Given the following data file...

foo     10
bar     20
oof     50
rab     20

... how would I print column two as a percent of the total of column two? In other words, I want...

foo     10    10%
bar     20    20%
oof     50    50%
rab     20    20%

... with less obvious numbers of course. I can create a running total easily enough, but I'm not sure how I can calculate the total before printing the lines. I am doing this in an awk file totals.awk...

#!/usr/bin/awk -f
        print $1 "\t" $2 "\t" runningtotal "\t" $2/runningtotal

So, running ./totals.awk data yields...

foo     10      10      1
bar     20      30      0.666667
oof     50      80      0.625
rab     20      100     0.2

Is there a way to loop twice, once to calculate the total, and once to print the lines? Is this possible in AWK, or must I use other utilities?

  • 1
    BTW you need not run it as cat data | ./totals.awk. Consider that awk WANTS a file, so just do a ./totals.awk data (or if you insist, totals.awk < data, in this case it should not matter) instead. Anyways, the gist is: in any case, omit that superfluous cat. – syntaxerror Dec 15 '14 at 18:22

To create the table with a single call to awk:

$ awk 'FNR==NR{s+=$2;next;} {printf "%s\t%s\t%s%%\n",$1,$2,100*$2/s}' data data
foo     10      10%
bar     20      20%
oof     50      50%
rab     20      20%

How it works

The file data is provided as an argument to awk twice. Consequently, it will be read twice, the first time to get the total, which is stored in the variable s, and the second to print the output. Looking at the commands in more detail:

  • FNR==NR{s+=$2;next;}

    NR is the total number of records (lines) that awk has read and FNR is the number of records read so far from the current file. Consequently, when FNR==NR, we are reading the first file. When this happens, the variable s is incremented by the value in the second column. Then, next tells awk to skip the rest of the commands and start over with the next record.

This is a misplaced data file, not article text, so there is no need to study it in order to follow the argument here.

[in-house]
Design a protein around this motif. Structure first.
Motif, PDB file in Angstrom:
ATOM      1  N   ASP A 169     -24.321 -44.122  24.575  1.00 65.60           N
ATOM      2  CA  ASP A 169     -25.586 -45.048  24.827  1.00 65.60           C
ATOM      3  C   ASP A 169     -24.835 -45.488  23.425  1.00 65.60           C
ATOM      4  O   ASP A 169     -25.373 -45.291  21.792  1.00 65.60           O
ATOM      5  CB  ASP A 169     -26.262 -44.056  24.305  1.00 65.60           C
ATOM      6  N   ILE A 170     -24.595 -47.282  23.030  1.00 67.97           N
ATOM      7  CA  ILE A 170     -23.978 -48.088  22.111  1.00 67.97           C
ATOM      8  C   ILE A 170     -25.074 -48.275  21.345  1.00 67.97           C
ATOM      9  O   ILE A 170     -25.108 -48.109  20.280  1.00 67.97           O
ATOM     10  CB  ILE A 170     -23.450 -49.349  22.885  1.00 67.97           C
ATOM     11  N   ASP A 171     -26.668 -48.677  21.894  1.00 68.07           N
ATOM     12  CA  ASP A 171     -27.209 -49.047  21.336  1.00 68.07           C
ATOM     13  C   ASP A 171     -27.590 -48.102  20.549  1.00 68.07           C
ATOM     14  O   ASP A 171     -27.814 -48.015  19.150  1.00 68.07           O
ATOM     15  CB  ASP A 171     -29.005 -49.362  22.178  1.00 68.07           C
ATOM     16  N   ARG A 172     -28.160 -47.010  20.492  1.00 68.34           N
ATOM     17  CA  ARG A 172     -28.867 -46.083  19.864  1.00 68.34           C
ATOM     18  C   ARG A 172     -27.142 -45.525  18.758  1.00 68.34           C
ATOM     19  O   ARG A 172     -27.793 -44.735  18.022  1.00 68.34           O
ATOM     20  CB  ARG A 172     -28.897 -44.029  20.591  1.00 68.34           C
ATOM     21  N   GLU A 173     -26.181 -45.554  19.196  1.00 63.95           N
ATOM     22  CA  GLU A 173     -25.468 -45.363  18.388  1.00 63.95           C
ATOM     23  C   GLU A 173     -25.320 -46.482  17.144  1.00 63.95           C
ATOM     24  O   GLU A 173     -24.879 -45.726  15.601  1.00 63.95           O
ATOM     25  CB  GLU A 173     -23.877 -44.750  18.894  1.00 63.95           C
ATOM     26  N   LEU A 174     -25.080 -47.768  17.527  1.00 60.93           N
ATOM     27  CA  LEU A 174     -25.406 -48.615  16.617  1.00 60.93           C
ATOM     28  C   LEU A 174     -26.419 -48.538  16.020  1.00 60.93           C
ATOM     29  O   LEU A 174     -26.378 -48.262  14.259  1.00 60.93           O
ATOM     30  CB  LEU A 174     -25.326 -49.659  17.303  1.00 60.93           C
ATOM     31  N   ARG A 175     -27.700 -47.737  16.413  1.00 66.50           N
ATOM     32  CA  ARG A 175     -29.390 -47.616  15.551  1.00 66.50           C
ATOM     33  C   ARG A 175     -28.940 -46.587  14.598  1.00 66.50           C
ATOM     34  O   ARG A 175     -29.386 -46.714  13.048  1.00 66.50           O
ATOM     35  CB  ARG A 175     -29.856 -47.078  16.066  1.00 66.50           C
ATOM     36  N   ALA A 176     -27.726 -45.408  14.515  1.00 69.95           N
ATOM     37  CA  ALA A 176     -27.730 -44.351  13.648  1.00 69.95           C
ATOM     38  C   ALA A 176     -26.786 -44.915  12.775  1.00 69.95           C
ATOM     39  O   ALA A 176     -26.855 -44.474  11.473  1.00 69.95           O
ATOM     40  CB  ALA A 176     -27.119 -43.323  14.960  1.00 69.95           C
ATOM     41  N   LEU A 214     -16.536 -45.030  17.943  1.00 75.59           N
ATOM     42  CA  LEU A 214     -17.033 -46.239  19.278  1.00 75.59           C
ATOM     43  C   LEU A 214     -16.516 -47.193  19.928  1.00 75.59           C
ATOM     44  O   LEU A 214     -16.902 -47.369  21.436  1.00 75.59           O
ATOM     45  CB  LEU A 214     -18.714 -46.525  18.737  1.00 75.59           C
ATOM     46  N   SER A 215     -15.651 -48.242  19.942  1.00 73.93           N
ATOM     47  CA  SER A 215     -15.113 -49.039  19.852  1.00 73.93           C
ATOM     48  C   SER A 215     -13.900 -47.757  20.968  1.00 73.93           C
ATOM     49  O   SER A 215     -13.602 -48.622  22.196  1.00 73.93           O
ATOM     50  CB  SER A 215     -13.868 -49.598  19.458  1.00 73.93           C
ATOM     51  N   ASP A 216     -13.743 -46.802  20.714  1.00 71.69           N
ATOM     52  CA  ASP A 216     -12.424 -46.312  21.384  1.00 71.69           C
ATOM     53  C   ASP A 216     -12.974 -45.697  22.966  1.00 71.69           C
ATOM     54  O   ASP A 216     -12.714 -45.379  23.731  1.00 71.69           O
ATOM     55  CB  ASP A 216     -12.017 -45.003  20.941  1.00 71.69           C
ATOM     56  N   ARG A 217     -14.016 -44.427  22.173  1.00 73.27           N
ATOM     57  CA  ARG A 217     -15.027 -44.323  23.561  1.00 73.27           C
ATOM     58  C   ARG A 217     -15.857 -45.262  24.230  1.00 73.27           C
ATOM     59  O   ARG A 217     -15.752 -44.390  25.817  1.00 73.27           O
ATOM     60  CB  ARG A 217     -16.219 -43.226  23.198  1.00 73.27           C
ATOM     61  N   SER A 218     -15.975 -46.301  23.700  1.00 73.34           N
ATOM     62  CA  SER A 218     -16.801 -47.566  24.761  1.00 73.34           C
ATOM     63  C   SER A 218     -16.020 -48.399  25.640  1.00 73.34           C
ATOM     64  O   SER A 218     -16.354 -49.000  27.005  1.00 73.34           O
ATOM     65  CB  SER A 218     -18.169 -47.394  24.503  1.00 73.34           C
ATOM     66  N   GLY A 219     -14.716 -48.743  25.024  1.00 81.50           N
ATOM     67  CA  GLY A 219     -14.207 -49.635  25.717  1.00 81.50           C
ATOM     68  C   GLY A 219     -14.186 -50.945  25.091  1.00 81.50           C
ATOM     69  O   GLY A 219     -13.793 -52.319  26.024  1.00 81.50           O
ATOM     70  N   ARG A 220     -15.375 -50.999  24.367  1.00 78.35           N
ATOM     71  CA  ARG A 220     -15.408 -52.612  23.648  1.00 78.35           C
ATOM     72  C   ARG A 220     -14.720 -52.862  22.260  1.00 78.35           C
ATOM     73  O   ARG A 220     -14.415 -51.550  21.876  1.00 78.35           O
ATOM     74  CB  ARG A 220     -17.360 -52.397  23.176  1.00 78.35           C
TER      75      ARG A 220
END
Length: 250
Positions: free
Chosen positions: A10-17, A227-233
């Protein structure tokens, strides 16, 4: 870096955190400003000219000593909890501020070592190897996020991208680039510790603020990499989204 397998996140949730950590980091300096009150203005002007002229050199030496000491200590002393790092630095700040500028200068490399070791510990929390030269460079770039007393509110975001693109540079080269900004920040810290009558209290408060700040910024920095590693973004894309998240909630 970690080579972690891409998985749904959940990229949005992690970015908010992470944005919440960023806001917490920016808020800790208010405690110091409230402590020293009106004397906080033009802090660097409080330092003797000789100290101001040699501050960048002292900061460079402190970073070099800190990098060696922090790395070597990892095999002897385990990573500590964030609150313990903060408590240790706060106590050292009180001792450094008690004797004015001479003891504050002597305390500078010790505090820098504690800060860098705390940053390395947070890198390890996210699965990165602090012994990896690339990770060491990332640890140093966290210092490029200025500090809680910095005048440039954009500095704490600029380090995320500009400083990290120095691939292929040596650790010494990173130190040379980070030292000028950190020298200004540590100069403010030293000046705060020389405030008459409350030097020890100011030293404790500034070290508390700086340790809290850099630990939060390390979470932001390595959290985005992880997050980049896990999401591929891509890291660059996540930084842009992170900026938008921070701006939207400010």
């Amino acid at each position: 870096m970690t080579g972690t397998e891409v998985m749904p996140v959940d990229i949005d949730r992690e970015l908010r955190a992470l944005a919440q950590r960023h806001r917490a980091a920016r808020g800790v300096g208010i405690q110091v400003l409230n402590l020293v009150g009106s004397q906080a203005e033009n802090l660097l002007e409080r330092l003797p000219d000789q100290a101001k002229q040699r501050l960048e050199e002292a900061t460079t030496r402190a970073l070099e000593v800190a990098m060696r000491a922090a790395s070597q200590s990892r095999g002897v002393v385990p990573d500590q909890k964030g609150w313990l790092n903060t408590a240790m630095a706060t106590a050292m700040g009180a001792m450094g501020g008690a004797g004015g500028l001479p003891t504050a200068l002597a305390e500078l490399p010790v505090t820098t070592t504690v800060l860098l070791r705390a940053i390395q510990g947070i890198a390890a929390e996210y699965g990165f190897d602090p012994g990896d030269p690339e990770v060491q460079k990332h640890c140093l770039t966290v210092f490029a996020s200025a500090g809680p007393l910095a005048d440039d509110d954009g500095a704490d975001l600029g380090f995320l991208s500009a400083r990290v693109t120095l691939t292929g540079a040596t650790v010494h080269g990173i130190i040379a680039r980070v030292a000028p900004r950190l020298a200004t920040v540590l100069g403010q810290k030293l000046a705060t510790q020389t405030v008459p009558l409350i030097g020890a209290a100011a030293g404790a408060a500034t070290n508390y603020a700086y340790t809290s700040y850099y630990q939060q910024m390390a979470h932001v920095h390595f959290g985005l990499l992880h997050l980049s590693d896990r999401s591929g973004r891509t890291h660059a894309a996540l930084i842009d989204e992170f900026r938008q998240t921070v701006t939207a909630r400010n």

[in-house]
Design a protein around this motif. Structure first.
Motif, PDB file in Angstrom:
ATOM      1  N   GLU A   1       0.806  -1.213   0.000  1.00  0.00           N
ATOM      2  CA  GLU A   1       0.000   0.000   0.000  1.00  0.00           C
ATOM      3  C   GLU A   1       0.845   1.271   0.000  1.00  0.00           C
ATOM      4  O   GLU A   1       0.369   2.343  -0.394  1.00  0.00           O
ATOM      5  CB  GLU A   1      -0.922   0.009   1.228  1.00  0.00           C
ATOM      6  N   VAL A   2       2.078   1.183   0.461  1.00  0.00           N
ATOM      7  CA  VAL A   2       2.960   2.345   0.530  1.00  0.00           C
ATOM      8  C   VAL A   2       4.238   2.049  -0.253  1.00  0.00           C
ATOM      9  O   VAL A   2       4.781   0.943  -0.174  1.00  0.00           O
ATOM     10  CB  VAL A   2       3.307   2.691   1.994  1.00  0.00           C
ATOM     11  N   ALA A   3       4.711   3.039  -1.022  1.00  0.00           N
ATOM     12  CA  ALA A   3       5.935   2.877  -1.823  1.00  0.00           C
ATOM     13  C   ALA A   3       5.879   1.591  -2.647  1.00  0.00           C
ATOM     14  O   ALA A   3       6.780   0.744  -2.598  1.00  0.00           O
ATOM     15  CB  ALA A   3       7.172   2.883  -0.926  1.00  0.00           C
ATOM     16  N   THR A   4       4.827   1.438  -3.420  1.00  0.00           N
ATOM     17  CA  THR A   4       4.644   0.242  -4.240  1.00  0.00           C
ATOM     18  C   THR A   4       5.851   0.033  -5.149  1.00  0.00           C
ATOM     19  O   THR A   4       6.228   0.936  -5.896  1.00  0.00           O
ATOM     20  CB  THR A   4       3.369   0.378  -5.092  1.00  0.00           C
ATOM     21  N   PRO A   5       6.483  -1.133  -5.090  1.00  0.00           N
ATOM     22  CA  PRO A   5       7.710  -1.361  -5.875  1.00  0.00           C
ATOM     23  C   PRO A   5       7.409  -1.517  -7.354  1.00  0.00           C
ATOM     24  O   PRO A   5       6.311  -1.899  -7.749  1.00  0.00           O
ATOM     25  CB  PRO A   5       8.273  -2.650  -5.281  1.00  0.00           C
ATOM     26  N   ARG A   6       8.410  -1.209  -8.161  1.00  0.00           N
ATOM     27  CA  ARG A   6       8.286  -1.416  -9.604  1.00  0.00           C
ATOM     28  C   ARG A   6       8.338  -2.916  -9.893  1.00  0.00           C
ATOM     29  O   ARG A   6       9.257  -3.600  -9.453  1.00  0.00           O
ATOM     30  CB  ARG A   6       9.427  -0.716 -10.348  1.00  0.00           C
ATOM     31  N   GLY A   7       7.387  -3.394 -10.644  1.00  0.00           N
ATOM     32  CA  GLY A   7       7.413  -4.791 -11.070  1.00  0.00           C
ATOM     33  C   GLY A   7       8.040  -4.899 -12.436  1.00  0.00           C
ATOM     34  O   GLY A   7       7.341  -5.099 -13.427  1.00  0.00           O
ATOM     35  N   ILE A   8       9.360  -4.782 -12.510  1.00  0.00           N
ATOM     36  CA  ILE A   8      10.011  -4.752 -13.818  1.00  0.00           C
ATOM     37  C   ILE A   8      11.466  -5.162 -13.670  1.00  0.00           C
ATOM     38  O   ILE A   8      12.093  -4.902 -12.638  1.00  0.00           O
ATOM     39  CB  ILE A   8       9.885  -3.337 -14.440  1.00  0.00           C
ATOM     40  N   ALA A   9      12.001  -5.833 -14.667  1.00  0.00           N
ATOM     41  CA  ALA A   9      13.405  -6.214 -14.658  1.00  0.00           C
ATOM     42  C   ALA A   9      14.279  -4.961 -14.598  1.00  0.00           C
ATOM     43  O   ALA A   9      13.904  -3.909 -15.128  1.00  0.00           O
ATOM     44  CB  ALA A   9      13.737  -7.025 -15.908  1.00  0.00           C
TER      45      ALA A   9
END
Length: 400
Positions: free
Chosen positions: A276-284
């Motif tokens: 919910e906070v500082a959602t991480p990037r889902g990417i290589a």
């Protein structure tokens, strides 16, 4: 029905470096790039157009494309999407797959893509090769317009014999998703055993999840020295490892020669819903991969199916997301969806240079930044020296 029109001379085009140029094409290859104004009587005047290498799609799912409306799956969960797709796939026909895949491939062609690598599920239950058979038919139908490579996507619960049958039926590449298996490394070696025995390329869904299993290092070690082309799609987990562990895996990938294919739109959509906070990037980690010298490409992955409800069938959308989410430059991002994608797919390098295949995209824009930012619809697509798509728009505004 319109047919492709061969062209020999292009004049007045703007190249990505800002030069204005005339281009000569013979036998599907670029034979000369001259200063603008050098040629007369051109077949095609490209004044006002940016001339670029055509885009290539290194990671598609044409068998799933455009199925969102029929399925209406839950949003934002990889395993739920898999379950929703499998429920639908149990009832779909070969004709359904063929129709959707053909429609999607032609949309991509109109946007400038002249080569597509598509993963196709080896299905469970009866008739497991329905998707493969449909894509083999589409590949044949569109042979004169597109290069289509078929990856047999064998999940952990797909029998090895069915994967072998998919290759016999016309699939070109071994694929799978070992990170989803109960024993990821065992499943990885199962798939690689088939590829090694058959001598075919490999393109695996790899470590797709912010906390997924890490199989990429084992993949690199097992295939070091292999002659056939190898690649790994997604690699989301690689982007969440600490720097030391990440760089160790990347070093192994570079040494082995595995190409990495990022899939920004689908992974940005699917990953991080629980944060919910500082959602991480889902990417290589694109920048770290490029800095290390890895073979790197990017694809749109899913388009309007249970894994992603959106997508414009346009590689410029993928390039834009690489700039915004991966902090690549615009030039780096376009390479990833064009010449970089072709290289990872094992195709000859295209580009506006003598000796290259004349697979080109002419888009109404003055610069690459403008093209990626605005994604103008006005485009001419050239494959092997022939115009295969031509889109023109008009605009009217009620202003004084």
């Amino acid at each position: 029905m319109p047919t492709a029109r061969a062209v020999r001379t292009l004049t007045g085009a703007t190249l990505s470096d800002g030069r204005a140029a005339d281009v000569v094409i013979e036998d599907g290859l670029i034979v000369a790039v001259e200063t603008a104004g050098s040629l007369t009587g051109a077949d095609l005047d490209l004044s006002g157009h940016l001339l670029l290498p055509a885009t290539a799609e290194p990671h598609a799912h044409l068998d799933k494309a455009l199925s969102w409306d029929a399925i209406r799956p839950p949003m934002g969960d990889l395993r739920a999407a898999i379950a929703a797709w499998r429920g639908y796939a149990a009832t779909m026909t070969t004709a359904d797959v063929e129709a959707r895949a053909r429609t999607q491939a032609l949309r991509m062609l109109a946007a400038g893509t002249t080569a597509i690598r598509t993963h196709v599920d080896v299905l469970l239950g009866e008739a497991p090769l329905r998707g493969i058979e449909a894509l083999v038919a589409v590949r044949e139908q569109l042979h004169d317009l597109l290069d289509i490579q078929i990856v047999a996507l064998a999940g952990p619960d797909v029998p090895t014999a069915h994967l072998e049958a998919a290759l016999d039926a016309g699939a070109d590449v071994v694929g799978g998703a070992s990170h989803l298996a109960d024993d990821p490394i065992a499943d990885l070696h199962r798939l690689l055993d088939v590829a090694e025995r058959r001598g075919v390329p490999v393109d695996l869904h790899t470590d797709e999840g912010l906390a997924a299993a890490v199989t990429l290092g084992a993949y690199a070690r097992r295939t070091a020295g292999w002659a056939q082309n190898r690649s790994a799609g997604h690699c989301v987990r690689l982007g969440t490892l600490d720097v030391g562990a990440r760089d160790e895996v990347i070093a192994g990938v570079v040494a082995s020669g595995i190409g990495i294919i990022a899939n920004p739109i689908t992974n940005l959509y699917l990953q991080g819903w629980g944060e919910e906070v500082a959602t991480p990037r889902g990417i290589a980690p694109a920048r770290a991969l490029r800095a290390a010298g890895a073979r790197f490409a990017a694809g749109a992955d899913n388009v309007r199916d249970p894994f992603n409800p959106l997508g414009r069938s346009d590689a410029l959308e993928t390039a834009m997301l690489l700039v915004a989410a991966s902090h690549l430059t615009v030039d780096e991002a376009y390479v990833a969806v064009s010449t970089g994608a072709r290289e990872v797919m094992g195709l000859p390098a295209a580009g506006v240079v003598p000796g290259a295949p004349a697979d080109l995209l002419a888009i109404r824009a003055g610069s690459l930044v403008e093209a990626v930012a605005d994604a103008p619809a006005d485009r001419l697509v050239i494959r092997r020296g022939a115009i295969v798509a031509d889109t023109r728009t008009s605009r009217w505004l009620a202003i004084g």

Note that it is not necessary to initialize s to zero. In awk, all numeric variables are, by default, initialized to zero.

  • printf "%s\t%s\t%s%%\n",$1,$2,100*$2/s

    If we reach this command, then we are processing the second file. This means that s now holds the total of column 2. So, we print column 1, column 2, and the percentage, 100*$2/s.

Output format options

With printf, detailed control of the output format is possible. The command above uses the %s format specifier which works for strings, integers, and floats. Three other option that might be useful here are:

  • %d formats numbers as integers. If the number is actually floating point, it will be truncated to an integer

  • %f formats numbers as floating point. It is also possible to specify widths and decimals places as, for example, %5.2f.

  • %e provides exponential notation. This would be useful if some numbers were exceptionally large or small.

Make a shell function

If you are going to use this more than once, it is an inconvenience to type a long command. Instead create either a function or a script to hole the command.

To create a function called totals, run the command:

$ totals() { awk 'FNR==NR{s+=$2;next;} {printf "%s\t%s\t%s%%\n",$1,$2,100*$2/s}' "$1" "$1"; }

With this function defined, the percentages for a data file called data can be found by running:

$ totals data

To make the definition of totals permanent, place it in your ~/.bashrc file.

Make a shell script